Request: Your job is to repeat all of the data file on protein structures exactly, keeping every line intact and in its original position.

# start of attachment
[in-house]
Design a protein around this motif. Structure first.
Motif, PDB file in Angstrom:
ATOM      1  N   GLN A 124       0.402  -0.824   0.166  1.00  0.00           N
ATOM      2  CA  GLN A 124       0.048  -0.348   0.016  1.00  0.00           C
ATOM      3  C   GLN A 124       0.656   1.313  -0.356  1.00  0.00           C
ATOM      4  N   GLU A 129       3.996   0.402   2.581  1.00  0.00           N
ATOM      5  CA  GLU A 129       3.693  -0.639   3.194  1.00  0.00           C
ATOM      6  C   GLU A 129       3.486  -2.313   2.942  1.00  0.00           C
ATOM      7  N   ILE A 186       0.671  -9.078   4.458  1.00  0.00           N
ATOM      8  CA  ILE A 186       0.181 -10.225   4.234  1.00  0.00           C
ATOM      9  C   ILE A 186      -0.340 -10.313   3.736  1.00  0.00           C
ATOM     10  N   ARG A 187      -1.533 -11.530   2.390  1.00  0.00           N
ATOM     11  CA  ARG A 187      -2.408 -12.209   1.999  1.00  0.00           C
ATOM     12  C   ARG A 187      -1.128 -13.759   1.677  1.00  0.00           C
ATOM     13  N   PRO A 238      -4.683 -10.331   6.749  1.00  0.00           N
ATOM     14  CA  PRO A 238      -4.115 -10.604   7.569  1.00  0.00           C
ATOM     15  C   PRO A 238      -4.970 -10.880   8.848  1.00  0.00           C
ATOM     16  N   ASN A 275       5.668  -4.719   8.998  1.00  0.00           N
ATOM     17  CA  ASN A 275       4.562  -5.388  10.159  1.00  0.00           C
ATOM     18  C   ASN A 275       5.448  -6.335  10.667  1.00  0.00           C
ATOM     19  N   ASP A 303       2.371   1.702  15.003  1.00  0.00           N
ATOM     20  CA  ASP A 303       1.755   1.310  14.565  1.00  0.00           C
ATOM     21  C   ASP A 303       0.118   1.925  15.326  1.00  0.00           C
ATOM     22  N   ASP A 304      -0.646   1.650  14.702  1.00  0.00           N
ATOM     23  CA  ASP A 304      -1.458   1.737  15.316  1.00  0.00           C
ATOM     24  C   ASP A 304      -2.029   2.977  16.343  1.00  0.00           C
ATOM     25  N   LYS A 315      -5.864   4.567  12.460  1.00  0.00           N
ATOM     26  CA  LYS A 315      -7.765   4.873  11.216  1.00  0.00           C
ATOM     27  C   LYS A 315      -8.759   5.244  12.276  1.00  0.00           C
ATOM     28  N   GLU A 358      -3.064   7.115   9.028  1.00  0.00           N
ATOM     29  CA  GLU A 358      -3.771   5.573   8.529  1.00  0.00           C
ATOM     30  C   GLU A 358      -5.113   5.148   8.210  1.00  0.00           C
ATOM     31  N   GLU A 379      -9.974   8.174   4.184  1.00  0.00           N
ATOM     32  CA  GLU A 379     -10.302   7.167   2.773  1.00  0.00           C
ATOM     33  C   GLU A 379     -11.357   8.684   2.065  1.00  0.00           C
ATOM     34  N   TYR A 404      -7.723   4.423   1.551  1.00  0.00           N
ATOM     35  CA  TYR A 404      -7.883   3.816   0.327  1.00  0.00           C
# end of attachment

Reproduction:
[in-house]
Design a protein around this motif. Structure first.
Motif, PDB file in Angstrom:
ATOM      1  N   GLN A 124       0.402  -0.824   0.166  1.00  0.00           N
ATOM      2  CA  GLN A 124       0.048  -0.348   0.016  1.00  0.00           C
ATOM      3  C   GLN A 124       0.656   1.313  -0.356  1.00  0.00           C
ATOM      4  N   GLU A 129       3.996   0.402   2.581  1.00  0.00           N
ATOM      5  CA  GLU A 129       3.693  -0.639   3.194  1.00  0.00           C
ATOM      6  C   GLU A 129       3.486  -2.313   2.942  1.00  0.00           C
ATOM      7  N   ILE A 186       0.671  -9.078   4.458  1.00  0.00           N
ATOM      8  CA  ILE A 186       0.181 -10.225   4.234  1.00  0.00           C
ATOM      9  C   ILE A 186      -0.340 -10.313   3.736  1.00  0.00           C
ATOM     10  N   ARG A 187      -1.533 -11.530   2.390  1.00  0.00           N
ATOM     11  CA  ARG A 187      -2.408 -12.209   1.999  1.00  0.00           C
ATOM     12  C   ARG A 187      -1.128 -13.759   1.677  1.00  0.00           C
ATOM     13  N   PRO A 238      -4.683 -10.331   6.749  1.00  0.00           N
ATOM     14  CA  PRO A 238      -4.115 -10.604   7.569  1.00  0.00           C
ATOM     15  C   PRO A 238      -4.970 -10.880   8.848  1.00  0.00           C
ATOM     16  N   ASN A 275       5.668  -4.719   8.998  1.00  0.00           N
ATOM     17  CA  ASN A 275       4.562  -5.388  10.159  1.00  0.00           C
ATOM     18  C   ASN A 275       5.448  -6.335  10.667  1.00  0.00           C
ATOM     19  N   ASP A 303       2.371   1.702  15.003  1.00  0.00           N
ATOM     20  CA  ASP A 303       1.755   1.310  14.565  1.00  0.00           C
ATOM     21  C   ASP A 303       0.118   1.925  15.326  1.00  0.00           C
ATOM     22  N   ASP A 304      -0.646   1.650  14.702  1.00  0.00           N
ATOM     23  CA  ASP A 304      -1.458   1.737  15.316  1.00  0.00           C
ATOM     24  C   ASP A 304      -2.029   2.977  16.343  1.00  0.00           C
ATOM     25  N   LYS A 315      -5.864   4.567  12.460  1.00  0.00           N
ATOM     26  CA  LYS A 315      -7.765   4.873  11.216  1.00  0.00           C
ATOM     27  C   LYS A 315      -8.759   5.244  12.276  1.00  0.00           C
ATOM     28  N   GLU A 358      -3.064   7.115   9.028  1.00  0.00           N
ATOM     29  CA  GLU A 358      -3.771   5.573   8.529  1.00  0.00           C
ATOM     30  C   GLU A 358      -5.113   5.148   8.210  1.00  0.00           C
ATOM     31  N   GLU A 379      -9.974   8.174   4.184  1.00  0.00           N
ATOM     32  CA  GLU A 379     -10.302   7.167   2.773  1.00  0.00           C
ATOM     33  C   GLU A 379     -11.357   8.684   2.065  1.00  0.00           C
ATOM     34  N   TYR A 404      -7.723   4.423   1.551  1.00  0.00           N
ATOM     35  CA  TYR A 404      -7.883   3.816   0.327  1.00  0.00           C